Blackburn, Bonnie and Leofranc Holford-Strevens, Oxford Companion to the Year, Oxford University Press, 1999
Davidson, Hilda, Gods and Myths of Northern Europe

St George

Attis

April 25 St Mark's Day
In Hungary on this day people go to the wheat fields to bless the future bread and carry home a sheaf of wheat.

In Spain, young men used to go out on the eve of St Mark's to look for a wild bull who becomes very mild and obedient when called Marco. On this day the bull is paraded through the street, adorned with garlands and with bread loaves on his horns. Women especially were devoted to him. Pope Clement complained about this custom in 1598 and it had died out by the 20th century. The bull was said to be very calm during the Mass but became ferocious afterwards and ran back to the hills. The women, the bull, the temple and the wine, all suggest the rites of Dionysos.

St Mark is the patron saint of Venice and in his honor, the Venetians make rise bise on this day, creamy rice cooked with the first green peas of the season.

Field, Carol, Celebrating Italy, William Morrow 1990
Spicer, Dorothy Gladys,
The Book of Festivals, The Womens Press 1937

April 25 Robigalia
A Roman festival asking for protection from robigus, a blight on the crops. Christians later adopted the idea of this festival for the Rogation Days (the three days preceding Ascension Thursday which falls on May 29 this year).

The Greeks at Rhodes honored Apollo of the Blight. In Rome, there was a temple to Robigus, the mildew god, three miles from Rome on the Via Claudia. According to Ovid, the priest at this temple would light an altar fire and offer the god incense and wine saying, "Thou scaly mildew, spare the sprouting grain…O let the crops…grow til they are ripe for the sickle. No feeble power is thine…Grip not the tender crops…Forestall the destroyer." A dog and sheep were sacrificed and thrown into the fire.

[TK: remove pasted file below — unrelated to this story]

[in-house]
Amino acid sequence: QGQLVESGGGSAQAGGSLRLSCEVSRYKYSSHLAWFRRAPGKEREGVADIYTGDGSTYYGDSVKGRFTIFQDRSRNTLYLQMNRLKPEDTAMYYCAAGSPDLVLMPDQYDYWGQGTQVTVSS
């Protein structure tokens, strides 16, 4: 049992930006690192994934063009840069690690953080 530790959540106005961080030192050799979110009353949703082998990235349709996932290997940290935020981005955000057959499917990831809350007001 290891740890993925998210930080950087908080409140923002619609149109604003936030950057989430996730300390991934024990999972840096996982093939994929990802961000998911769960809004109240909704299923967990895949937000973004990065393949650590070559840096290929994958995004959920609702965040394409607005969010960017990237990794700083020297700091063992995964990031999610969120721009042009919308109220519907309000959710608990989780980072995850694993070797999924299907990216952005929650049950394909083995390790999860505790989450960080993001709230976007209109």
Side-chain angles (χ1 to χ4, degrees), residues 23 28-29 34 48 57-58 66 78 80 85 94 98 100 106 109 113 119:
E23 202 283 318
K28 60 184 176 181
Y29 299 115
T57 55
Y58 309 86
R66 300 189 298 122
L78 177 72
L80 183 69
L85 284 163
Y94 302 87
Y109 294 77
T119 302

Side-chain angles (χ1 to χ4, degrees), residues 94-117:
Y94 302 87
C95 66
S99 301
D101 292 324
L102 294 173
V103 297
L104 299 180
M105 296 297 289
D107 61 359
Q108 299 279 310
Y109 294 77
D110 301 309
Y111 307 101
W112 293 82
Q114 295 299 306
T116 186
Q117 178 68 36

This was also the festival day of the boy prostitutes (puer lenonii).

Blackburn, Bonnie and Leofranc Holford-Strevens, Oxford Companion to the Year, Oxford University Press, 1999
Rufus, Anneli,
The World Holiday Book, Harper San Francisco 1994

April 25 Arbor Day
The last Friday in April was set aside for the honoring and planting of trees. This holiday seems to have been displaced by Earth Day (see April 22).

April 27 St Zita
If you frequently misplace your keys, you probably need to know about St Zita, who is invoked for help finding keys, apparently because she was a sanctimonious Italian serving girl who frequently gave away her master's bread (and even his fur cloak) to beggars. Apparently she also misplaced his keys from time to time. During her ecstasies, angels baked her bread, so she is also the patron of bakers, housewives and servants.